|Developer(s)||American Mathematical Society|
|Stable release||2.4 / June 13, 2014|
MathJax is used by web sites including arXiv, Elsevier's ScienceDirect, MathSciNet, n-category cafe, MathOverflow, Wikipedia, Scholarpedia, Project Euclid journals, and the All-Russian Mathematical Portal.
MathJax can display math by using a combination of HTML and CSS or by using the browser's native MathML support, when available. The exact method MathJax uses to typeset math is determined by the capabilities of the user's browser, fonts available on the user's system, and configuration settings. MathJax v2.0-beta introduced SVG rendering.
In the case of HTML and CSS typesetting, MathJax maximizes math display quality by using math fonts if available and by resorting to images for older browsers. For newer browsers that support web fonts, MathJax provides a comprehensive set of web fonts, which MathJax downloads as needed. If the browser does not support web fonts, MathJax checks whether valid fonts are available on the user's system. If this does not work, MathJax provides images of any symbols needed.[clarification needed] MathJax can be configured to enable or disable web fonts, local fonts, and image fonts.
MathJax can display mathematical notation written in LaTeX or MathML markup. Because MathJax is meant only for math display, whereas LaTeX is a document layout language, MathJax only supports the subset of LaTeX used to describe mathematical notation.
MathJax renders math in most popular browsers, including Internet Explorer 6, Firefox 3, Google Chrome 0.3, Safari 2.0, Opera 9.5, iPhone/iPad Safari, and the Android browser. Some older versions of browsers do not support web fonts (with the @font-face CSS construct), so they have to use MathJax image font mode. The browser compatibility list is available at the official site.
MathJax can be easily added to many popular web platforms.
Equation editor compatibility
Any MathJax equation displayed in a supported browser can be copied out in MathML or LaTeX format via "Show Math as" sub-menu if right-button clicked or control-clicked on it. Then it can be pasted in any equation editor that supports MathML or LaTeX, such as Mathematica, MathType, MathMagic, Firemath for re-using.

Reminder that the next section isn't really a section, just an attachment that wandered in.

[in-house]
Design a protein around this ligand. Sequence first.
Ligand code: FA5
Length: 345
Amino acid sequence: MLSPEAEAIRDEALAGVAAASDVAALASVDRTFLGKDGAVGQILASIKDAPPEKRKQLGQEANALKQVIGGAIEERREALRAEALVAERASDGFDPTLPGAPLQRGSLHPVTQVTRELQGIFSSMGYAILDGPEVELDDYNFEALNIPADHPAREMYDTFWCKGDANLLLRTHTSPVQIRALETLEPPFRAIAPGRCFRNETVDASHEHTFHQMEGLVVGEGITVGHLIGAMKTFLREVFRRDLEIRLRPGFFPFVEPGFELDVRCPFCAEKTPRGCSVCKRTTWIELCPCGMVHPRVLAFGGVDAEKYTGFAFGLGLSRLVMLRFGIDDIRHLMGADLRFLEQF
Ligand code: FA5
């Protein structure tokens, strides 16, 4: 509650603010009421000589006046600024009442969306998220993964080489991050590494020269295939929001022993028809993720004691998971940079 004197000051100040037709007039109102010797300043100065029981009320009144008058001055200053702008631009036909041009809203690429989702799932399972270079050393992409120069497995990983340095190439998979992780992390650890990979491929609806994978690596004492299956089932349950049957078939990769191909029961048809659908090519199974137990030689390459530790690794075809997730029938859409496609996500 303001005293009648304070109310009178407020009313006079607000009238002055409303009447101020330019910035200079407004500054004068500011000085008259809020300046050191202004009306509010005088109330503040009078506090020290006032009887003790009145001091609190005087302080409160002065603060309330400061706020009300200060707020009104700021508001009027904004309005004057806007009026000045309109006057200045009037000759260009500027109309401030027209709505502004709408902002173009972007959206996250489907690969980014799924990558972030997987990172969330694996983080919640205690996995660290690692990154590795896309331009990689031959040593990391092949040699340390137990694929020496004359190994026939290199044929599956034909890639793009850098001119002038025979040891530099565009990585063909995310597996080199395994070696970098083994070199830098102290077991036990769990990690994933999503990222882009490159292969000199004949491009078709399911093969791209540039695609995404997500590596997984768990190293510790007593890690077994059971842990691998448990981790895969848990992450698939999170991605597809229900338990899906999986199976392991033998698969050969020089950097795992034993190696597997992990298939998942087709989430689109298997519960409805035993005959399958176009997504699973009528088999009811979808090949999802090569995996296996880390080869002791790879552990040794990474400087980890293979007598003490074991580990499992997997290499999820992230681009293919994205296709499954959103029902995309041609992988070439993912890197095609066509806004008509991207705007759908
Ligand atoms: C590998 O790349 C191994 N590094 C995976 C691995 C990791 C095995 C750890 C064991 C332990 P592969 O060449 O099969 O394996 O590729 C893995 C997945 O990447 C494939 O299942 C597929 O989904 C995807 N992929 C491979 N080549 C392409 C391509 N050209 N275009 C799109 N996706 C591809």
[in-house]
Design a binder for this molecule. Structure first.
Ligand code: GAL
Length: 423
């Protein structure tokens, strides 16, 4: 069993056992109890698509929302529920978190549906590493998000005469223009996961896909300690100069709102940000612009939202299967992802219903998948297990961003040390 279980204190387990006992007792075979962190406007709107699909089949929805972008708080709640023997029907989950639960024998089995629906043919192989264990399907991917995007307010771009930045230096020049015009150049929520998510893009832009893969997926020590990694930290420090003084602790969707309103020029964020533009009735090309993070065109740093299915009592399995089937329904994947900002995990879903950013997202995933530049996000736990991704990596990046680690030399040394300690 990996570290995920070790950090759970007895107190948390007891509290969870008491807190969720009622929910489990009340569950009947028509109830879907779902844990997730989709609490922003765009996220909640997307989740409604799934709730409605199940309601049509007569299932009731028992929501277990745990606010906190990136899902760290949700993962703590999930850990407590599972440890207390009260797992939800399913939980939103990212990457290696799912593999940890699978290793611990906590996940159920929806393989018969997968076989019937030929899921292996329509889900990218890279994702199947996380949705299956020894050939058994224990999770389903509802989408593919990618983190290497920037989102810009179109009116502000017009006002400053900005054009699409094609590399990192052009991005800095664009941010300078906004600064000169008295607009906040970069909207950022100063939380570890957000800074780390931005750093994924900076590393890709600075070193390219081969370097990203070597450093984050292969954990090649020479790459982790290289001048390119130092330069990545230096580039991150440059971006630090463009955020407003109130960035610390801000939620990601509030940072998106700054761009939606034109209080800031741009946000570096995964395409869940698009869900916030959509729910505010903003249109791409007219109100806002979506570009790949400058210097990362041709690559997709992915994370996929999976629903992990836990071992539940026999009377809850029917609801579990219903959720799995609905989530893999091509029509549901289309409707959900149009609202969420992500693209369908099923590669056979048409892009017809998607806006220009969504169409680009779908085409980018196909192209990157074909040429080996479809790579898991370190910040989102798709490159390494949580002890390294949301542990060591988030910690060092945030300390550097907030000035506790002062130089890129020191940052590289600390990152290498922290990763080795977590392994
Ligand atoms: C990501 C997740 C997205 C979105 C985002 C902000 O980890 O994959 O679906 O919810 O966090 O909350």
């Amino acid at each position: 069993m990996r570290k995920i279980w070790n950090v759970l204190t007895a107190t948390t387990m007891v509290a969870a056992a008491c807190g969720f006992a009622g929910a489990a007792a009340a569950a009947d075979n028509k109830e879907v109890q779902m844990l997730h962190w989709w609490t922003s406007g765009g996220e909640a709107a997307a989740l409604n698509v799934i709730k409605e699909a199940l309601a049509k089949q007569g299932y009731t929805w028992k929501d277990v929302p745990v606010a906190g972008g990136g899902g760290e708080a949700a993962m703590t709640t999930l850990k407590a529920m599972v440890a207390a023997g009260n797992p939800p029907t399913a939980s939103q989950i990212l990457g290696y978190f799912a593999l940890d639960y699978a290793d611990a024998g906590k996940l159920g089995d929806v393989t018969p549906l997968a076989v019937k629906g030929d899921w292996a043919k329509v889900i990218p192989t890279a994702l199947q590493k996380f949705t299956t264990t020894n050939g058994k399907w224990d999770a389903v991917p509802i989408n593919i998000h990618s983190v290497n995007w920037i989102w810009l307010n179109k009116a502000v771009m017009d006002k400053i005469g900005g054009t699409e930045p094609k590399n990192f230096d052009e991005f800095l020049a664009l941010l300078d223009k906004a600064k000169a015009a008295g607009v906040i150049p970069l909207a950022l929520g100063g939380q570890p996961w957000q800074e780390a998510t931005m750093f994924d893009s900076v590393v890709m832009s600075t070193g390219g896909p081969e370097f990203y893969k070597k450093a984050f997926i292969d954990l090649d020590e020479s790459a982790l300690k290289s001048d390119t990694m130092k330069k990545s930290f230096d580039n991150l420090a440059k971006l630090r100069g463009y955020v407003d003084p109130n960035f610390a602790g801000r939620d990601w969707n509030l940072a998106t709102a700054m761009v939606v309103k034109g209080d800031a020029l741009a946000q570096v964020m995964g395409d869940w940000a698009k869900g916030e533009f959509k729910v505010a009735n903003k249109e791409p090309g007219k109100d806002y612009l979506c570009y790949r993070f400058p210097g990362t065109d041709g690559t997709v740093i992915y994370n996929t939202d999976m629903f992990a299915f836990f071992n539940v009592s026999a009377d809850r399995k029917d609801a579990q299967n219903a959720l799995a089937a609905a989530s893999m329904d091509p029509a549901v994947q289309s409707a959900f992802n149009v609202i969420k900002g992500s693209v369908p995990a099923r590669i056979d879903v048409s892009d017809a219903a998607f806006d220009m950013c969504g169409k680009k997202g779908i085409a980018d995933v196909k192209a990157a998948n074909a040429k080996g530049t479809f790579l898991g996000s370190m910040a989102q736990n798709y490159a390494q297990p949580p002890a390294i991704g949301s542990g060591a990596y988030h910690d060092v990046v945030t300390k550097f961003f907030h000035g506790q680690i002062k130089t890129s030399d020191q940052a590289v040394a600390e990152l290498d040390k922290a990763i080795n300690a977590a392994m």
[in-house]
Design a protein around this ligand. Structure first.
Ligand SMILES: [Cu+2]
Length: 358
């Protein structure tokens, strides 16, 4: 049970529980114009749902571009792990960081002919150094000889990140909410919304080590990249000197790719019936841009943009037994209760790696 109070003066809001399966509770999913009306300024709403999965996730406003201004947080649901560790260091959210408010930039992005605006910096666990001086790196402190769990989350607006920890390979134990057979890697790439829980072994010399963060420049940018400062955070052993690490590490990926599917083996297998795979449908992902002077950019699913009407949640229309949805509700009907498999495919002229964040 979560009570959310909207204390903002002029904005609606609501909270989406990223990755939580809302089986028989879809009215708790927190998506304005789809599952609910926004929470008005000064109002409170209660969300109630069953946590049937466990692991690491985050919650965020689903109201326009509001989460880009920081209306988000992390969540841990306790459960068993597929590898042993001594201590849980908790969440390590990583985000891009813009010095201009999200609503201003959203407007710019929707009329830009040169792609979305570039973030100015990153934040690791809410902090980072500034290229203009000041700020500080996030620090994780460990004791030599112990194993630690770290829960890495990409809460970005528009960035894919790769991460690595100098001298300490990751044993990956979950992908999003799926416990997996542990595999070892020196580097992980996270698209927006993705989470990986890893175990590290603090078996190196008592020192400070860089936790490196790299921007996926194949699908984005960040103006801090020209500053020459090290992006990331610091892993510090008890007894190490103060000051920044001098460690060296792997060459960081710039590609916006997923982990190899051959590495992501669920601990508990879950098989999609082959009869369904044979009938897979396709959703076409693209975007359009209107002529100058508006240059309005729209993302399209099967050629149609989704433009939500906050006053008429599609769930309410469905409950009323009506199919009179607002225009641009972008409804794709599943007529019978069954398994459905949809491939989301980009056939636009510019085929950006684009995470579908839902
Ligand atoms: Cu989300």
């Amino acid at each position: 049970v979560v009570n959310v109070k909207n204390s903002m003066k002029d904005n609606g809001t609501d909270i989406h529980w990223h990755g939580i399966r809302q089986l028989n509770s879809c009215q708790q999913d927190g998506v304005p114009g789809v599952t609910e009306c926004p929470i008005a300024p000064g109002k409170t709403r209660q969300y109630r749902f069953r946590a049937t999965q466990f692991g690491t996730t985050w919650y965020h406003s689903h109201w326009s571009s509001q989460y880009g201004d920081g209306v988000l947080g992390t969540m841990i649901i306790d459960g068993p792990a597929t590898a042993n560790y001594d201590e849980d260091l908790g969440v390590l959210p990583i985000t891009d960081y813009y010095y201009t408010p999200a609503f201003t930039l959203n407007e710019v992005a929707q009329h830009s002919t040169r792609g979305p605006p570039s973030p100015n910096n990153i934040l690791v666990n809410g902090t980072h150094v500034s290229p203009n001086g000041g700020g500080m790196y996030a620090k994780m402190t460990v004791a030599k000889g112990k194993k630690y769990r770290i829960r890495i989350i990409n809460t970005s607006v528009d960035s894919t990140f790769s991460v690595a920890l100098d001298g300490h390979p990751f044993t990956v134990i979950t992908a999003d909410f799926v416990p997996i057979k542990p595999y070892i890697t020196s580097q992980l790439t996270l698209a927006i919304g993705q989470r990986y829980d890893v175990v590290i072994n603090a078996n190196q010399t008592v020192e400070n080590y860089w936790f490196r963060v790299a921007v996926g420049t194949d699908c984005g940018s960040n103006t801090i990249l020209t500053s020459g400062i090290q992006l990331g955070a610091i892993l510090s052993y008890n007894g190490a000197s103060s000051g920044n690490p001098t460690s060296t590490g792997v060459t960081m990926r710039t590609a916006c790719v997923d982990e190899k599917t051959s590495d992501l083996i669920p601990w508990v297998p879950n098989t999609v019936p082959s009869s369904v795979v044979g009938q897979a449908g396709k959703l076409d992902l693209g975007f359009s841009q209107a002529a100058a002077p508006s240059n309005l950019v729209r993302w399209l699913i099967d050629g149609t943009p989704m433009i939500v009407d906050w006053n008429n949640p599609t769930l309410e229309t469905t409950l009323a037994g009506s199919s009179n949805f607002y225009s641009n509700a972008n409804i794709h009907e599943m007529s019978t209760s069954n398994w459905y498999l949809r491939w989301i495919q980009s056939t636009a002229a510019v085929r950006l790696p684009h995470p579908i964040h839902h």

MathJax replicates the math environment commands of LaTeX. AMS-LaTeX math commands are supported via extensions. MathJax also supports TeX macros and miscellaneous formatting like \color and \underline.
MathJax added partial support for MathML 2.0 and some MathML 3.0 constructs in its beta 2 release. MathJax supports presentation MathML and, as of version 2.2, provides experimental support for content MathML 
- "MathJax: Rich Math display from LaTeX and MathML".
- "MathJax AsciiMath support".
- Cuellar, Autumn; Topping, Paul (June 2013). "What you need to know about the Maths Stack". XML London 2013: 63–68. doi:10.14337/XMLLondon13.Cuellar01. ISBN 978-0-9926471-0-0.
- Hayes, Brian (2009), "Writing Math on the Web: The Web would make a dandy blackboard if only we could scribble an equation", American Scientist 92 (2): 98, doi:10.1511/2009.77.98.
- "AMS becomes managing partner of the MathJax Consortium".
- "MathJax Sponsorship".
- "arXiv.org help - What is MathJax?".
- "MathSciNet What's New".
- "Wikipedia adds mathjax display option".
- "What is MathJax?".
- "All-Russian Mathematical Portal".
- Cervone, Davide (2012), "Math Jax: A Platform for Mathematics on the Web" (PDF), Notices of the American Mathematical Society 59 (2): 312–316
- "MathJax v2.0-beta now available on CDN".
- MathJax Font Help accessed 2012-08-14.
- "MathJax: Accessibility".
- "MathJax: Browser Compatibility".
- "Using MathJax in popular web platforms".
- "Copy and Paste Math".
- "MathJax: Supported LaTeX Commands".
- "MathJax MathML Support — MathJax 2.3 documentation".